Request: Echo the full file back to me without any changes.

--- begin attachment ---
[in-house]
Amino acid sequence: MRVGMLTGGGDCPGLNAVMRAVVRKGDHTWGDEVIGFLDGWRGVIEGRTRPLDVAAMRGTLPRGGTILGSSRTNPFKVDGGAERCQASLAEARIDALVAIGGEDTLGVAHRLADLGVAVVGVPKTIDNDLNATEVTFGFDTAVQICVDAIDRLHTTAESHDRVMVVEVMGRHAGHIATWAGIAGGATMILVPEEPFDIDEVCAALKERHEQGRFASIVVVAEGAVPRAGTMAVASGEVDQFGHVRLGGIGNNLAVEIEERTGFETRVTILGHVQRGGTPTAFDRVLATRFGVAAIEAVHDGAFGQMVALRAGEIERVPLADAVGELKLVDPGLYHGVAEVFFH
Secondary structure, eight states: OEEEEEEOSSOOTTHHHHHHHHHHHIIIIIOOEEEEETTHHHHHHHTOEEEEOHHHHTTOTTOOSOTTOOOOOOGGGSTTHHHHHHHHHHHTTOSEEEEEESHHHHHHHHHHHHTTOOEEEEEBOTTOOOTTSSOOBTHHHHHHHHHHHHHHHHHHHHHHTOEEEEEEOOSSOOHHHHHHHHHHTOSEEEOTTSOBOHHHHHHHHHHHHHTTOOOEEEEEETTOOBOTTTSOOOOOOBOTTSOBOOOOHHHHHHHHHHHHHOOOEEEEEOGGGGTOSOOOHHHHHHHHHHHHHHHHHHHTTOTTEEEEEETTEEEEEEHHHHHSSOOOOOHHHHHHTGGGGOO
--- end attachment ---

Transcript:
[in-house]
Amino acid sequence: MRVGMLTGGGDCPGLNAVMRAVVRKGDHTWGDEVIGFLDGWRGVIEGRTRPLDVAAMRGTLPRGGTILGSSRTNPFKVDGGAERCQASLAEARIDALVAIGGEDTLGVAHRLADLGVAVVGVPKTIDNDLNATEVTFGFDTAVQICVDAIDRLHTTAESHDRVMVVEVMGRHAGHIATWAGIAGGATMILVPEEPFDIDEVCAALKERHEQGRFASIVVVAEGAVPRAGTMAVASGEVDQFGHVRLGGIGNNLAVEIEERTGFETRVTILGHVQRGGTPTAFDRVLATRFGVAAIEAVHDGAFGQMVALRAGEIERVPLADAVGELKLVDPGLYHGVAEVFFH
Secondary structure, eight states: OEEEEEEOSSOOTTHHHHHHHHHHHIIIIIOOEEEEETTHHHHHHHTOEEEEOHHHHTTOTTOOSOTTOOOOOOGGGSTTHHHHHHHHHHHTTOSEEEEEESHHHHHHHHHHHHTTOOEEEEEBOTTOOOTTSSOOBTHHHHHHHHHHHHHHHHHHHHHHTOEEEEEEOOSSOOHHHHHHHHHHTOSEEEOTTSOBOHHHHHHHHHHHHHTTOOOEEEEEETTOOBOTTTSOOOOOOBOTTSOBOOOOHHHHHHHHHHHHHOOOEEEEEOGGGGTOSOOOHHHHHHHHHHHHHHHHHHHTTOTTEEEEEETTEEEEEEHHHHHSSOOOOOHHHHHHTGGGGOO